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Education Extra Credit

From the parent information divide to rural school funding dilemmas, SmartBrief editors round up some bonus education stories.

newspaper education extra credit

SmartBrief education writers and editors read hundreds of articles, studies and press releases each week — too many to summarize and fit neatly into the sections of our newsletters. Our new weekly roundup, Education Extra Credit, shares some additional topics of note from the past week or so, as well as occasional highlights from a couple of our education newsletters. 

What topic is especially important to you? Send us your thoughts or some links, and we can share some of the feedback with all our readers. 

The parent information divide. Black parents are eager for useful education news — often concerning meals and mental health during the pandemic — but felt in 2021 that they were getting less information than in 2020. Black and Hispanic parents say they rely most on local news media and are less likely to engage with school emails, while more white parents tend to get school information from informal networks such as Facebook groups, listservs and video meetings. (Calvin University’s Center for Social Research report, via Nieman Lab)

The honors vs. universal classes debate. The Madison Metropolitan School District in Wisconsin is one of many in the nation that plan to remove honors-only classes to build racial equity and switch, in Madison’s case, to universal Earned Honors classes, which many parents and students complain aren’t challenging enough. The district now has delayed, but not canceled, its plans. Gordon Allen, a high-school senior, calls this “a support issue, not an ability issue. We should be pushing for better student representation in honors classes. But everyone knows Earned Honors isn’t the same classroom experience.” (The Isthmus)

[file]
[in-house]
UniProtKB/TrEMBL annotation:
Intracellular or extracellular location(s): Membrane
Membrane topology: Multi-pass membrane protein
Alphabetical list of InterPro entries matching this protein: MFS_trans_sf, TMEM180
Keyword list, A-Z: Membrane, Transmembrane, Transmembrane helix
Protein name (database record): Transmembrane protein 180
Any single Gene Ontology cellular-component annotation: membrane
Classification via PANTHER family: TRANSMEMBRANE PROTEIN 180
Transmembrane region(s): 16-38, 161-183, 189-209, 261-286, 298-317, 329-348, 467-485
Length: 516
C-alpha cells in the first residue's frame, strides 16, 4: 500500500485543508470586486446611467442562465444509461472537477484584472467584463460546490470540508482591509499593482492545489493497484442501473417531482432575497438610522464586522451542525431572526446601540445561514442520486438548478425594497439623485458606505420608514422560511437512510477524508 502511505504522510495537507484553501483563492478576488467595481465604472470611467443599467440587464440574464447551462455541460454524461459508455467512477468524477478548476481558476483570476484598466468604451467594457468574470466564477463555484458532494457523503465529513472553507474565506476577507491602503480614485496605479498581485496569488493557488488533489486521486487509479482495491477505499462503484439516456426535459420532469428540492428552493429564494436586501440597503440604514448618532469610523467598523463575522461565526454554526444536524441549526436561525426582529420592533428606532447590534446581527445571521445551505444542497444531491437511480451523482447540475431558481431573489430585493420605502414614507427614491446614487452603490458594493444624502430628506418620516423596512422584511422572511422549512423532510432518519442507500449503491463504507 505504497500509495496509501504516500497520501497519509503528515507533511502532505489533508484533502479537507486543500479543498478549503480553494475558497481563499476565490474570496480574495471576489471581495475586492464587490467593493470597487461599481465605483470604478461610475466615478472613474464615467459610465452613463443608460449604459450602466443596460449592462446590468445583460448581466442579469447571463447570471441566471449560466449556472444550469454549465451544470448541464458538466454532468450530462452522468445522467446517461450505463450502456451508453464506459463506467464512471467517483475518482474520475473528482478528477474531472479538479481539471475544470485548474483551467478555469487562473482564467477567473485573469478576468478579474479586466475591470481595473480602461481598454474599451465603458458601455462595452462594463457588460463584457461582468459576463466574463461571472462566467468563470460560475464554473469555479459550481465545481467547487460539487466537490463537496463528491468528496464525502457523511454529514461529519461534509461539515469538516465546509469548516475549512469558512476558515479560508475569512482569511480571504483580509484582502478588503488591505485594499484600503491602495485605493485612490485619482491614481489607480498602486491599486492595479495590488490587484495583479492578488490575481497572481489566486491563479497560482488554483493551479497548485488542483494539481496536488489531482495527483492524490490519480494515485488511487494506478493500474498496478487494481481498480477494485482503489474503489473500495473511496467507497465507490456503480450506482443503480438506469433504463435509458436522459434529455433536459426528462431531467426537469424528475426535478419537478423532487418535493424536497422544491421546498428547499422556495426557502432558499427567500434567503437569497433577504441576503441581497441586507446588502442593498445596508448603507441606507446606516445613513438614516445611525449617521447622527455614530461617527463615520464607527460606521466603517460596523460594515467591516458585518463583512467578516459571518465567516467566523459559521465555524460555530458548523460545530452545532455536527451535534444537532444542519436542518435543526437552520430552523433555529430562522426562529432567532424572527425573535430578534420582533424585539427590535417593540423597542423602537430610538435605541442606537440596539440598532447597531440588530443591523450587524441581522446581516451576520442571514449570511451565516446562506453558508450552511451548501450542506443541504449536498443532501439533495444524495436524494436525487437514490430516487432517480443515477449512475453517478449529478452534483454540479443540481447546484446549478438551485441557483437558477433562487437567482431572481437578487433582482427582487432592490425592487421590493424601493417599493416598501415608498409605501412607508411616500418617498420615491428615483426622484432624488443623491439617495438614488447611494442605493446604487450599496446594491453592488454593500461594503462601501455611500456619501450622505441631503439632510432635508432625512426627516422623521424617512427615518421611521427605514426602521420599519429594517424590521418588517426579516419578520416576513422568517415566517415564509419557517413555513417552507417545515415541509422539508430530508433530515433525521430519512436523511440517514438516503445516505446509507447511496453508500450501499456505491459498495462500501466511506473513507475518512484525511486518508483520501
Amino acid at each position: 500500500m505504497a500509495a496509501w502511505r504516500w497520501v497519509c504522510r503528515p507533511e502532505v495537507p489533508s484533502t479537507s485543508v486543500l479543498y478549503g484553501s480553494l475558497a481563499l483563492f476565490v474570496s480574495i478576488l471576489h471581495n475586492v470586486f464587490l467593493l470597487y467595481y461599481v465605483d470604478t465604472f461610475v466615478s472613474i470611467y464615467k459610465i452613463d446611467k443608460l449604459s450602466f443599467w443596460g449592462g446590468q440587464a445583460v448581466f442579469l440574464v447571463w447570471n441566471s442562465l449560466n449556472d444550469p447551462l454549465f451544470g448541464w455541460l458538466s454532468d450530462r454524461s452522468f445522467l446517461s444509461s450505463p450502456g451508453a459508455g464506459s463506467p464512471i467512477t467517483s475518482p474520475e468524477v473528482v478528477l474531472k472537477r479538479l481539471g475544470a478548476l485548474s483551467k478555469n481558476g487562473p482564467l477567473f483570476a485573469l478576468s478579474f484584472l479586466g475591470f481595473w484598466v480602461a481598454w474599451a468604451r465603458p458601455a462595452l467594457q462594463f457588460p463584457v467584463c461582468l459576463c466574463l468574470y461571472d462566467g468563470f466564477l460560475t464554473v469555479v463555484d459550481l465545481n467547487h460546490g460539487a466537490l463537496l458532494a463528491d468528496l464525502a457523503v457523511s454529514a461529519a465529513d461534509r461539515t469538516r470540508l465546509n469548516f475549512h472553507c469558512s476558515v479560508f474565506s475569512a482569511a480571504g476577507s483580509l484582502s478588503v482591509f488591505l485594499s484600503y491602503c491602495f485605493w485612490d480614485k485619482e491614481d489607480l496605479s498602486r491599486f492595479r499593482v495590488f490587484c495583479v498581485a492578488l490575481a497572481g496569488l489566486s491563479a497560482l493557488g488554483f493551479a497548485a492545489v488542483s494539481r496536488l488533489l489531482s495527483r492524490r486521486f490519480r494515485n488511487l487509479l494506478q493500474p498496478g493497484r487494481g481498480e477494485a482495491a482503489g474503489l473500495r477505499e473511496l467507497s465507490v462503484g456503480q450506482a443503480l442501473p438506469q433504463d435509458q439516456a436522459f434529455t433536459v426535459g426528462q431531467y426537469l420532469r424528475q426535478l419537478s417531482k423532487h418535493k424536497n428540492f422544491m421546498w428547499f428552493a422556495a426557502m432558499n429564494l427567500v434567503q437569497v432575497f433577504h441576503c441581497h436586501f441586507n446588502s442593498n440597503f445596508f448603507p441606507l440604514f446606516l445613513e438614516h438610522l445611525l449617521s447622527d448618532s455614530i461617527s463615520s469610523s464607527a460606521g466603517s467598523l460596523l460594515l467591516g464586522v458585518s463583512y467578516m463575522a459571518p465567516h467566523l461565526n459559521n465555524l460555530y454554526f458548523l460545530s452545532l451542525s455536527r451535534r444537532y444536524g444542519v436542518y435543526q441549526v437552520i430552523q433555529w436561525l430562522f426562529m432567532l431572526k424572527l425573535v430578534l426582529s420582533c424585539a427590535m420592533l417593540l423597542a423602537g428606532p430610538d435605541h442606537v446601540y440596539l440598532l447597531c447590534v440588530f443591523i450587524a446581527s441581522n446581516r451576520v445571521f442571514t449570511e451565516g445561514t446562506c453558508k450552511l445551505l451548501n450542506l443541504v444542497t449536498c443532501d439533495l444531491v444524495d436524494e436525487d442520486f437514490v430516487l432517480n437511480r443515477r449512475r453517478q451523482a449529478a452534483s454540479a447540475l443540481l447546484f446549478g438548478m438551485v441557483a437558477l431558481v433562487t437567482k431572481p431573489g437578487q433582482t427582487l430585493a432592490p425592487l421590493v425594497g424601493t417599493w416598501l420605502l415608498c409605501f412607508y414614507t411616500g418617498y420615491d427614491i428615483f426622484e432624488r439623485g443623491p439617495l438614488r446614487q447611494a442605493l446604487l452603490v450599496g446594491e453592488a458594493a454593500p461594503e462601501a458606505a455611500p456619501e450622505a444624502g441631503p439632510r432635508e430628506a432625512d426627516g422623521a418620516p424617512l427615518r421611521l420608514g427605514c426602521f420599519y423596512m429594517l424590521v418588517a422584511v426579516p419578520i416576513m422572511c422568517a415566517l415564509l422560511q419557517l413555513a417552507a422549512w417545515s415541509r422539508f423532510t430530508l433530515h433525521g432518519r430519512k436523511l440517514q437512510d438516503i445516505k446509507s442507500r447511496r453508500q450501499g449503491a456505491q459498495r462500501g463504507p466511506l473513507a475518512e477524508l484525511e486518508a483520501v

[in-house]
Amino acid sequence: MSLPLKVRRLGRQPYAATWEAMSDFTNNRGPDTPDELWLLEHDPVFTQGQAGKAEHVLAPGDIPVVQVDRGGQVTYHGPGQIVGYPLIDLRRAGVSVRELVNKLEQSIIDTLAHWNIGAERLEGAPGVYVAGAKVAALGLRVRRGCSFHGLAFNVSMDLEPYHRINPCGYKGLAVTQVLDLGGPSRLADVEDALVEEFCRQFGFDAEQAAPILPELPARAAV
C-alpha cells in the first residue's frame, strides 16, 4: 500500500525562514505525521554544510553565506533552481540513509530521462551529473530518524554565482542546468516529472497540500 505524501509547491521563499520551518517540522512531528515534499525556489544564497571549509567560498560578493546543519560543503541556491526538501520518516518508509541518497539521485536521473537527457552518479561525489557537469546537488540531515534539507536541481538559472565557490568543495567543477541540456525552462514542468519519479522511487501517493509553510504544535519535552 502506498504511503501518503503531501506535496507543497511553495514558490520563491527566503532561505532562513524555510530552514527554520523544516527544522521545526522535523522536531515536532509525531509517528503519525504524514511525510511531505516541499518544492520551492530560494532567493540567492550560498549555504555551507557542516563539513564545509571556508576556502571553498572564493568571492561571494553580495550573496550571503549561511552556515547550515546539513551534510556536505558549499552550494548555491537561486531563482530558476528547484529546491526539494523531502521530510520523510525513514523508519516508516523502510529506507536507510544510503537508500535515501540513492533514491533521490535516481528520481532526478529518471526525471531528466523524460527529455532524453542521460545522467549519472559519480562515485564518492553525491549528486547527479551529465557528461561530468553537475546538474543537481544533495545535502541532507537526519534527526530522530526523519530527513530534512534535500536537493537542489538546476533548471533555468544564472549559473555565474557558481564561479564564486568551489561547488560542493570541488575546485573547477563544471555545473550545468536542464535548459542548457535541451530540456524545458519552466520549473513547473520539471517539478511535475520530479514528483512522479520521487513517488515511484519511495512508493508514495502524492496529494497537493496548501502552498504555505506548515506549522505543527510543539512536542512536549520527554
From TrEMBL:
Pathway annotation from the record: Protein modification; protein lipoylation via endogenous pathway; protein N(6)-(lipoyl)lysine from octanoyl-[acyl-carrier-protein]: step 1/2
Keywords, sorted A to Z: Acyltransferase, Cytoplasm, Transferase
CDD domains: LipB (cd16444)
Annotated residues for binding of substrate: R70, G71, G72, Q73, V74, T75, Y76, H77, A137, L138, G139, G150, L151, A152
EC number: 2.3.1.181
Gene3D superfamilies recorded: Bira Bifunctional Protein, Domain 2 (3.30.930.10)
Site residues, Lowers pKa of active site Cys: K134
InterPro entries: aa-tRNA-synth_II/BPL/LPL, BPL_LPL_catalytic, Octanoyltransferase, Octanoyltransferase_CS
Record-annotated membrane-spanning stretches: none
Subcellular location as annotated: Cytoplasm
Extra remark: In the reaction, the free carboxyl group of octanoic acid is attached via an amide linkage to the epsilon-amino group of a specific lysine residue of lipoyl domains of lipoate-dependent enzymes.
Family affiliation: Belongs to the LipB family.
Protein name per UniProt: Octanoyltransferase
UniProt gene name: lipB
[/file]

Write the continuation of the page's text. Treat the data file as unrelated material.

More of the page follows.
The “tip of the toxic iceberg.” The Philadelphia School District should remove its water fountains, PENNPirg said after its analysis of public district data showed 98% of tested Philadelphia schools had some lead-containing water. The district says the analysis is “not an accurate reflection of the water quality …” (Philadelphia Inquirer)

The rural school funding dilemma. Rural schools fueled by local sales taxes can’t get a full tank when their towns don’t have car dealerships and other retailers with high-priced products. Federal, state and local funding formulas need to change, Trousdale County, Tenn., Director of Schools Clint Satterfield told Education Secretary Miguel Cardona in Middle Tennessee. (WKRN-TV)

 

Diane Benson Harrington is an education writer at SmartBrief. Reach out to her via email or LinkedIn.

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